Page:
Currently viewing the tag: "Unidentified"
What's That Bug? does not endorse extermination

Subject: Green, yellow and blue caterpillar?
Location: West of Merriwa, NSW, Australia.
April 10, 2015 11:31 pm
Hi,
Is this a caterpillar?
It was about 30mm long, sitting on a Lomandra leaf.
It was in a brigalow forest , about 400m altitude.
Signature: lsbth

Slug Moth Caterpillar, we believe

Slug Moth Caterpillar, we believe

Dear lsbth,
We believe this is a Slug Moth Caterpillar or Cup Moth Caterpillar in the family Limacodidae, but we have not been able to locate a matching image to substantiate that belief.  This species does not appear to be pictured on the quite comprehensive Butterfly House websitePerhaps one of our readers will have more luck than we have had.

 

What's That Bug? does not endorse extermination

Subject: Worms
Location: Denison tx
April 6, 2015 5:34 pm
We have zillions of little worms hanging from Cobb webs out of the tree and the porches. Really everywhere. What r they and what can we do about them?
Signature: Michelle

Spanworms

Spanworms

Dear Michelle,
In the past, we have gotten reports of Oak Leafroller Caterpillars,
Argyrotaenia quercifoliana, hanging from trees, but a closeup of your caterpillars indicates they are a different species in the Spanworm or Inchworm family Geometridae.  We will research this and try to come up with a species identification for you.

Spanworms

Spanworms

Spanworms

Spanworms

They are killing my trees I think and I’m not sure what to do.  Parts of my trees are brown where they were budding leaves last week

Newly Planted Apple Tree, we presume.

Newly Planted Apple Tree, we presume.

Hi again Michelle,
One tree image you provided appears to be a freshly planted Apple Tree.  Please provide information on the tree.  What is it?  When was it planted?  Is this the only place you are finding the caterpillars?  It is possible the eggs were on the tree when it was purchased and now that all the young leaves have been eaten, the caterpillars are on the move searching for more food.  If their diet is limited to the leaves of apple trees, they will starve and you will no longer have the caterpillars, and unless the tree is really unhealthy, new leaves will sprout.  We just noticed you also attached an image of a large tree.  What kind of tree is it?  Are the caterpillars on all of your trees or only on selected trees?  The large tree should have no trouble resprouting if it is an otherwise healthy tree.  Birds and other insectivore predators should help to keep the numbers of caterpillars in check.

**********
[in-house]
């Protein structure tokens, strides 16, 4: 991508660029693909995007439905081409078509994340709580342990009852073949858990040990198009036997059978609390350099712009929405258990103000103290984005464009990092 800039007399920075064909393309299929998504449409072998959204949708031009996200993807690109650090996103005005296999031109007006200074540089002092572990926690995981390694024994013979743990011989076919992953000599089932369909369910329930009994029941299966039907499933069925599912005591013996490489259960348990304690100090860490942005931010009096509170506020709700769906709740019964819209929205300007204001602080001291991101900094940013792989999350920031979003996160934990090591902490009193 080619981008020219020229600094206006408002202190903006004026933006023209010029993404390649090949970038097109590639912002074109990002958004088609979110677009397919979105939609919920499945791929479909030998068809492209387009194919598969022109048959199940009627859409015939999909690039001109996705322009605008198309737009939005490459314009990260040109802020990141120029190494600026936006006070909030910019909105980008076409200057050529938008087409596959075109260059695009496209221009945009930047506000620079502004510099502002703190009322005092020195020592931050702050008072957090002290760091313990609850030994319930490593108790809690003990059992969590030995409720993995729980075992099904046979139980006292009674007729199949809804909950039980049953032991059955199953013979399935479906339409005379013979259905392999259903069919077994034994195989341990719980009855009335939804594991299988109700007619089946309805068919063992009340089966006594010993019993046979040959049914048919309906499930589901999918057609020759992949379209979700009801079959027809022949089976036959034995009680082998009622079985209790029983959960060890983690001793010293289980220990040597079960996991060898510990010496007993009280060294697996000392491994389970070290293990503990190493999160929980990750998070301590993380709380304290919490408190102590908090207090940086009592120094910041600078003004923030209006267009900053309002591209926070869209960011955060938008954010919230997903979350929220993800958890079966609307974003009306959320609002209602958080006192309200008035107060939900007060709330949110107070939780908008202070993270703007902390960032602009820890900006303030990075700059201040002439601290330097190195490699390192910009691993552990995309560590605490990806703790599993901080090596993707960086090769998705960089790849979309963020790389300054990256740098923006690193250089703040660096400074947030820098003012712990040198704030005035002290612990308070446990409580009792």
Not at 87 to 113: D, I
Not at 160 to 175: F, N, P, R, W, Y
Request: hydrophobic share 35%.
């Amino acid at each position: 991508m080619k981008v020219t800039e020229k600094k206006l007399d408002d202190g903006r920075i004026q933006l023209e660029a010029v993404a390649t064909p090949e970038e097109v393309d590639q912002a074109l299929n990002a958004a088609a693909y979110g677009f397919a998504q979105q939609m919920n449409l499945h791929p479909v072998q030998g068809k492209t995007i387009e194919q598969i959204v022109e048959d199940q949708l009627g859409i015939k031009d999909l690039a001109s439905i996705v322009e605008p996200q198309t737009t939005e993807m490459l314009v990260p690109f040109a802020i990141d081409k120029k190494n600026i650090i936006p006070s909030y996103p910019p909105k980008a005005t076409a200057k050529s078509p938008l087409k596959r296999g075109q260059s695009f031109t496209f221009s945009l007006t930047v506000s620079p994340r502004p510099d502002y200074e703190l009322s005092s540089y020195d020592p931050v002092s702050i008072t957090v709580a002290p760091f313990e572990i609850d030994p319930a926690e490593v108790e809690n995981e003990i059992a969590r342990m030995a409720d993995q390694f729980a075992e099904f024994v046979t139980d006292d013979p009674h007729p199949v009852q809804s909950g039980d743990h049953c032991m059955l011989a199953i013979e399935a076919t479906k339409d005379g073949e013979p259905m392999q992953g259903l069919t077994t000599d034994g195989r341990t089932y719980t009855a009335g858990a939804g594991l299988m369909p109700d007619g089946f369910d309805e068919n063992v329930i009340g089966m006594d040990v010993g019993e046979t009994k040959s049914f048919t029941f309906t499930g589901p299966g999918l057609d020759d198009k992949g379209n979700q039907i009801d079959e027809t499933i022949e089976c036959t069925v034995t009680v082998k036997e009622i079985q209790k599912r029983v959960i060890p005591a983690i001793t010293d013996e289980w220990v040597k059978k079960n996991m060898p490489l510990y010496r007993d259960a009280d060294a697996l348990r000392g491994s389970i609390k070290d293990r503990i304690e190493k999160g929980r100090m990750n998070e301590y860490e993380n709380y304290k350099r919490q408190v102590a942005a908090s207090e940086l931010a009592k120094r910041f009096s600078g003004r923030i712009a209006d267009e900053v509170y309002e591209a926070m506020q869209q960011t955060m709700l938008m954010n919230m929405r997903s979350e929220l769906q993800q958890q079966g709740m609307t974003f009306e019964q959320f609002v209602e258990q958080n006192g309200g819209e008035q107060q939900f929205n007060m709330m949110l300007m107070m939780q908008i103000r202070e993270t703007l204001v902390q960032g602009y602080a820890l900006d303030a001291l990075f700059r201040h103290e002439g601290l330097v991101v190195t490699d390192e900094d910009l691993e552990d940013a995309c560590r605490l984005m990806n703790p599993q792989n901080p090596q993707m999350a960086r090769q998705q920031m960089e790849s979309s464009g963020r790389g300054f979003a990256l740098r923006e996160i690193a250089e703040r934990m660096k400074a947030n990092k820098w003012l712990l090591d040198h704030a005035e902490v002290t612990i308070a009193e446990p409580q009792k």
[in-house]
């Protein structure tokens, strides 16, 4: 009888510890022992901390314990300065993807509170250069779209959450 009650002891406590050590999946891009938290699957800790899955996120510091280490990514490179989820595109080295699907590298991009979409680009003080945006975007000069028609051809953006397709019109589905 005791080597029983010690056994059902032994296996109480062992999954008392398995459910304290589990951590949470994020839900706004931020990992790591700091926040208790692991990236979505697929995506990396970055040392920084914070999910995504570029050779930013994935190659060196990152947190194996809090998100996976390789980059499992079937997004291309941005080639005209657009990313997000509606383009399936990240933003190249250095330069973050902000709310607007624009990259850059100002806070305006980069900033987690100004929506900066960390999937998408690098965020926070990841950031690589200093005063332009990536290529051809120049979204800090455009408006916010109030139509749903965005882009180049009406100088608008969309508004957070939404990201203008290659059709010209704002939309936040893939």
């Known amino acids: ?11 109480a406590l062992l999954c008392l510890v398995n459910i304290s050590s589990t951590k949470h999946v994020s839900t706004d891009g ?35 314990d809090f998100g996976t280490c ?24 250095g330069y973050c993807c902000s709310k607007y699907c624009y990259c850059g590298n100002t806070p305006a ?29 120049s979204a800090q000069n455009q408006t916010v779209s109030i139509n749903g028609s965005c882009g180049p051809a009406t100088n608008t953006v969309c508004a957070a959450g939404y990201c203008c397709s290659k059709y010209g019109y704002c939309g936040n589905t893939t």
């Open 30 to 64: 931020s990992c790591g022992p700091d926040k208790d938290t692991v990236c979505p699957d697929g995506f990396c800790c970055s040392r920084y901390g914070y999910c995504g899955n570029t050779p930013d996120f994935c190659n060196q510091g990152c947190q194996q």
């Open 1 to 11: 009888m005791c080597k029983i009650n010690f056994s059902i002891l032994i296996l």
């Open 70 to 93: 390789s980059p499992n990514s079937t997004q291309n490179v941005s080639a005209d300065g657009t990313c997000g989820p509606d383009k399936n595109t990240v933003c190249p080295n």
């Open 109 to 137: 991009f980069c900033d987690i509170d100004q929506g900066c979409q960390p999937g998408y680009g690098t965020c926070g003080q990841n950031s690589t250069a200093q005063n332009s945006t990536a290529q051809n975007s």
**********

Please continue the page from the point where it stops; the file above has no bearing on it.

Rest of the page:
What Tree is it?

What Tree is it?

 

What's That Bug? does not endorse extermination

Subject: Giant Weevil
Location: Trinidad
April 5, 2015 1:47 am
This beetle was attracted to a light. It looked like a very large broad-nosed weevil to me, maybe 2 cm.
Signature: Steve Nanz

Weevil or Longicorn???

Fungus Weevil

Dear Steve,
We agree that this looks like a Weevil, though we have never seen a Weevil image with such long antennae.  That trait is more like a Longicorn in the family Cerambycidae.  We have not been able to locate any matching images from either family from Trinidad, or any other place for that matter, so we are posting this beetle without identifying it and we hope to get a second opinion, and perhaps some assistance from our readership.

Unidentified Longhorned Weevil

Longhorned Fungus Weevil

Update
Cesar Crash of Insetologia, a Brazilian site similar to our own, provided us with a link to the Paraguay Biodiversidad site of the family Anthribidae that includes an image of Ptychoderes mixtus that looks identical to the image submitted by Steve.  A similar image can be found on the Coleoptera Neotropical site.  Anthribidae are commonly called Fungus Weevils.

Eric Eaton confirms
Daniel:
This is a fungus weevil, family Anthribidae.  Males of many species have really long antennae.
Eric

Thank you for the update and thanks to Cesar Crash for pointing me toward a possible ID. The descriptions for many in this genus are in German which I don’t speak. However I did find a key to some of the species:
Karl Jordan, 1907. Biologigia Central-America. Insecta. Coleoptera 5(6): 303